Switches 518 may be used to selectively couple antennae 502-505 to transmit circuitry 519 or receive circuitry 520 in front-end channels 31-34. Signals received from client applications at antennae 502-505 are routed to receive circuitry 520 via switch 518. The received signals pass for each channel through low noise amplifier (LNA) 521 and are then down-converted in mixer 522. In the illustrated embodiment, switches 514 and 515 provide the same LO signals to down-conversion mixers 522 that are selected for up-conversion mixers 510 since the transmit and receive signals are expected to be in the same frequency band for each channel. In other embodiments, switches 514 and 515 may be used to provide different LO frequencies for the transmitted and received signals if, for example, the signals were in different frequency bands or channels.

The down-converted signals, which are at baseband, pass through programmable gain control (PGC) circuitry 523 and are filtered in low pass filter 524. The analog baseband signals are converted to digital signal samples in A/D converters 525. The digitized signals are routed to the MAC/BB processors via switch 507.

In the embodiment illustrated in FIG. 5, channel 34 may be coupled to a WLAN or a coax network. Switch 526 is used to select between antenna 505 and coax 506 for transmission of the up-converted signals. Switch 515 is used to select between PPLs 511 or 512 for signals being broadcast in a WLAN application. If coax 506 is going to be used for transmission, then switch 515 is used to select PLL 513, which is configured to provide an LO frequency of about 900 MHz. Similarly, switch 527 is used to route received signals from either antenna 505 or coax 506 to down-conversion circuitry 520. Switch 528 may also be used to select between transmit and receive paths for coax 506.

In one embodiment, control processor 529 is coupled to channels 31-34, PLLs 511-513, and switch 507 to perform control and management functions for the front-end channels. If required, the control processor may provide coordination for multiple front-end components as well as for multiple MAC/BB entities. As used herein, control provided by control processor 529 is to be interpreted in a broad sense and may include managing functionalities for the different front-end components and data streams, such as assigning and dynamically reassigning frequencies, bands, or networks to the multiple front-ends in the access point. Control processor 529 may also control the physical transmission modes and RF bandwidths of front-end 501. Control processor 529 may be implemented in hardware, software, firmware or a combination of two or more of these components.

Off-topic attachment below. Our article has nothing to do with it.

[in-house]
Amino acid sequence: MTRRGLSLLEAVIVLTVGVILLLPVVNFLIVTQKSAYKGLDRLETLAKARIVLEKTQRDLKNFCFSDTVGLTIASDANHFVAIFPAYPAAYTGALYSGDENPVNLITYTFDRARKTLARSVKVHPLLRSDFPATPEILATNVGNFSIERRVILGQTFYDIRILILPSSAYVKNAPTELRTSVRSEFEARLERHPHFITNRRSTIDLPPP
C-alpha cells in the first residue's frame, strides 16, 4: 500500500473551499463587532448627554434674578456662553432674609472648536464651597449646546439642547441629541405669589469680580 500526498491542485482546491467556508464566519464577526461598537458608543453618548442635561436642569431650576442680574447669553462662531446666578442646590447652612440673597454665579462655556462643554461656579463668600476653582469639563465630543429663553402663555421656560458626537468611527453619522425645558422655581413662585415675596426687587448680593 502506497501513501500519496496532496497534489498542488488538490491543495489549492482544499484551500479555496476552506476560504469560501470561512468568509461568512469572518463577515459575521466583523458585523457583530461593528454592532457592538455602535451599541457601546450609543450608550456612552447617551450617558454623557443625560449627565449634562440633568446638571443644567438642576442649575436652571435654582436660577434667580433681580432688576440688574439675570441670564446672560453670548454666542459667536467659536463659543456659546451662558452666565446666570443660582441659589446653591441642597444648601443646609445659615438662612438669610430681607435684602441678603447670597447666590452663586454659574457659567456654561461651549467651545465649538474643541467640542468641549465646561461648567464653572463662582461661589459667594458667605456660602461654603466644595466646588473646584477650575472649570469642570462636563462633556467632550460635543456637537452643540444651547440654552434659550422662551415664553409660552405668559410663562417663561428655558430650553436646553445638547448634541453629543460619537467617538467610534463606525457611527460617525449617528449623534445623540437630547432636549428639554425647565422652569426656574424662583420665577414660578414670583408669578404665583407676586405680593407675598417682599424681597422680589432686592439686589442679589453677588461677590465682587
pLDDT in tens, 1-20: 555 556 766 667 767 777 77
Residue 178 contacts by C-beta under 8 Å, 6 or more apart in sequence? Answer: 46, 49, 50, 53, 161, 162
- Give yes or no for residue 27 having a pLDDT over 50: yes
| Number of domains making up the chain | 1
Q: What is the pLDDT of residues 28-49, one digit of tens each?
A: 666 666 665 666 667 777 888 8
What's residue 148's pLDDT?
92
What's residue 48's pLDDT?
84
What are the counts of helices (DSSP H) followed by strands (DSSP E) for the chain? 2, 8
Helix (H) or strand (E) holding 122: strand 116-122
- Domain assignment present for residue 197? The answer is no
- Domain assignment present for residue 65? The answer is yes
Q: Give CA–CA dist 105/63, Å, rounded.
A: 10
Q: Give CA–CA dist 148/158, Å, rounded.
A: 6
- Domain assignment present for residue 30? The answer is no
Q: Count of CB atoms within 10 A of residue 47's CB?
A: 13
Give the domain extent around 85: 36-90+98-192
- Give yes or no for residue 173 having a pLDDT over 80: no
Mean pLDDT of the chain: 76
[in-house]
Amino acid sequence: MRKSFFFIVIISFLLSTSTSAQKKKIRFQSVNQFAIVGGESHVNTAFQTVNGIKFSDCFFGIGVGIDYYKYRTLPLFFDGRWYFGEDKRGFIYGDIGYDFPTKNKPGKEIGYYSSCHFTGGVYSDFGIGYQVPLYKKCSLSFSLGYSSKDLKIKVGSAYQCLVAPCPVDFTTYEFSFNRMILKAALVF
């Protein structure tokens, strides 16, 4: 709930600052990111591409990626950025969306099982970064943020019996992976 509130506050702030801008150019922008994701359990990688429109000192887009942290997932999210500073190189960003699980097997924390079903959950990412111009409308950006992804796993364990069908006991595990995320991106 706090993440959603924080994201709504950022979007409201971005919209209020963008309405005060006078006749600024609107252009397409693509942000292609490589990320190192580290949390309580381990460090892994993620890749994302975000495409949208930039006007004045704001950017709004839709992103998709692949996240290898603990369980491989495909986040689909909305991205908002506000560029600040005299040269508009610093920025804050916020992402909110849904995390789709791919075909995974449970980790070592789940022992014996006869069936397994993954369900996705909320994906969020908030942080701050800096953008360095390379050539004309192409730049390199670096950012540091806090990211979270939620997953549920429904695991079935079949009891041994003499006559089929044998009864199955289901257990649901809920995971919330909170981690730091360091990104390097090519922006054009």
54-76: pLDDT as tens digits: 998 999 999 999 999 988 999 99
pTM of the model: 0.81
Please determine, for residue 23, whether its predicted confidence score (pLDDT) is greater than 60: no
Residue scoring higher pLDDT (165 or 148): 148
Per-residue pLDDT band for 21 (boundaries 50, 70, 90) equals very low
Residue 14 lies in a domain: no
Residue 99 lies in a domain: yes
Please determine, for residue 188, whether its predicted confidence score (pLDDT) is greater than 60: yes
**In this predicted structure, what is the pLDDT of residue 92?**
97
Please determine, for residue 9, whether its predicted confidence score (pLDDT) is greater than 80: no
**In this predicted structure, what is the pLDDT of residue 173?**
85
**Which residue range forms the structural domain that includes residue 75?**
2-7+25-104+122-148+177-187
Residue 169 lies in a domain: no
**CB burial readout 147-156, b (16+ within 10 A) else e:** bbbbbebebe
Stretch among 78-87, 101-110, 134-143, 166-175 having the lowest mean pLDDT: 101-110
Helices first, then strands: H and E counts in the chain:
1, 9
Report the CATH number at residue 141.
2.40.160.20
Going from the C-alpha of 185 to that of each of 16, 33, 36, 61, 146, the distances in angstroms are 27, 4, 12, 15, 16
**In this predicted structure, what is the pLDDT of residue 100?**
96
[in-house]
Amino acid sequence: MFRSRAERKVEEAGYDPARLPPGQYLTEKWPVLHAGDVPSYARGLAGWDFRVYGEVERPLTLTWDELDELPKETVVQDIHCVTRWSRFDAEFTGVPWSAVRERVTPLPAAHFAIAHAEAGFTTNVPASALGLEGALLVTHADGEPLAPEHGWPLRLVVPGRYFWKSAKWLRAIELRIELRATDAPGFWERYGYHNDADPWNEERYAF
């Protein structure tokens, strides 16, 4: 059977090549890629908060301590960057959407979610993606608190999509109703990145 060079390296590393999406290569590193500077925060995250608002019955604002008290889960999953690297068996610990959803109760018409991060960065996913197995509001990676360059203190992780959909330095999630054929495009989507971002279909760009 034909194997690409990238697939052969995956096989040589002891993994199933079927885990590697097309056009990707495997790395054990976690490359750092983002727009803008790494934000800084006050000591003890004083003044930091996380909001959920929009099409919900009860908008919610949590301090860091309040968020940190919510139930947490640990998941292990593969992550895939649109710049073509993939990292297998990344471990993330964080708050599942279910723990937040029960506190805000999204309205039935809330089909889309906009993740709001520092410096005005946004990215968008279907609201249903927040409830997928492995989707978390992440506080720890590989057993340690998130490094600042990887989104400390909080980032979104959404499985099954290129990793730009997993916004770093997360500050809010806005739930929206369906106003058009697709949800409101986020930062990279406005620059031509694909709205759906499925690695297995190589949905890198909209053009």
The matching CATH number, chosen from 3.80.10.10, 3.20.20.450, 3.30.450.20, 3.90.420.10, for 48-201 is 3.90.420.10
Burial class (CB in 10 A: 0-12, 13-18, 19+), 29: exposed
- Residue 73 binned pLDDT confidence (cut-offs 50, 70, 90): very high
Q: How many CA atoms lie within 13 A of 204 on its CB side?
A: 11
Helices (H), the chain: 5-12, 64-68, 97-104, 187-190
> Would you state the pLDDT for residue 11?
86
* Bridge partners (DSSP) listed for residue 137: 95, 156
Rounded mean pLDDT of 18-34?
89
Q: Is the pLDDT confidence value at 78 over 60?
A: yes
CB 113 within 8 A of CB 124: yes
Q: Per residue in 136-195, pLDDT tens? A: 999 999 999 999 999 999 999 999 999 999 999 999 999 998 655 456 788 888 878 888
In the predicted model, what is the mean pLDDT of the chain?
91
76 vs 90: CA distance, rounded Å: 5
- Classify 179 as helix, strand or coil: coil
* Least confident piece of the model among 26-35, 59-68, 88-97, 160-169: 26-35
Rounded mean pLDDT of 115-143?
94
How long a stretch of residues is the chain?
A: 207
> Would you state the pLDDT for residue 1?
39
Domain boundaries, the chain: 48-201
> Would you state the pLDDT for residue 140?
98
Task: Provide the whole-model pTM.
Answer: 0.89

It will be understood that front-end channels 31-34 may be assigned to any combination for WLAN or cable networks. For example, in one embodiment, front-end channels 31-34 may all be assigned to a single WLAN network complying with 802.11n such that each channel is operating in a MIMO transmission mode to communicate with one or more client applications. In an alternative embodiment, two channels, such as channels 31 and 32, may be operating in an 802.11n MIMO transmission mode, while channel 33 operates in a legacy mode, such as one complying with 802.11 a/b/g, and channel 34 provides a front-end interface

Although channel 34 has been described as capable of operating with either a wired or cable network, it will be understood that in other embodiments channel 34 may be configured to operate with any combination of two or more wireless and wired networks, including, without limitation, 802.11 networks, cable networks, twisted pair networks, and power line networks. Moreover, although FIG. 5 illustrates only channel 34 as capable of operating with more than one type of network, it will be understood that each of the front-end channels 31-34 may be adapted to operate with any two or more types of networks. The front-end channels may also be configured to operate with different wireless networks, such as by assigning two or more front-end channels to an 802.11n network and one or more separate front-end channels to one or more 802.11 a/b/or g networks.

In various embodiments, the components of the analog front-end circuits described herein may be constructed on the same or separate silicon. For example, the power amplifiers and line drivers that are coupled to the antennae, twisted pair, coax or power lines may be integrated on the same silicon as the mixers and AD/DA converters. Alternatively, the AD/DA converters may be constructed on separate silicon from the mixers and power amplifiers/line drivers. The AD/DA converters may be constructed on the same silicon as the MAC/BB processors in one embodiment. Alternatively, the AD/DA converters, the mixers and the power amplifiers/line drivers may all be constructed on separate silicon.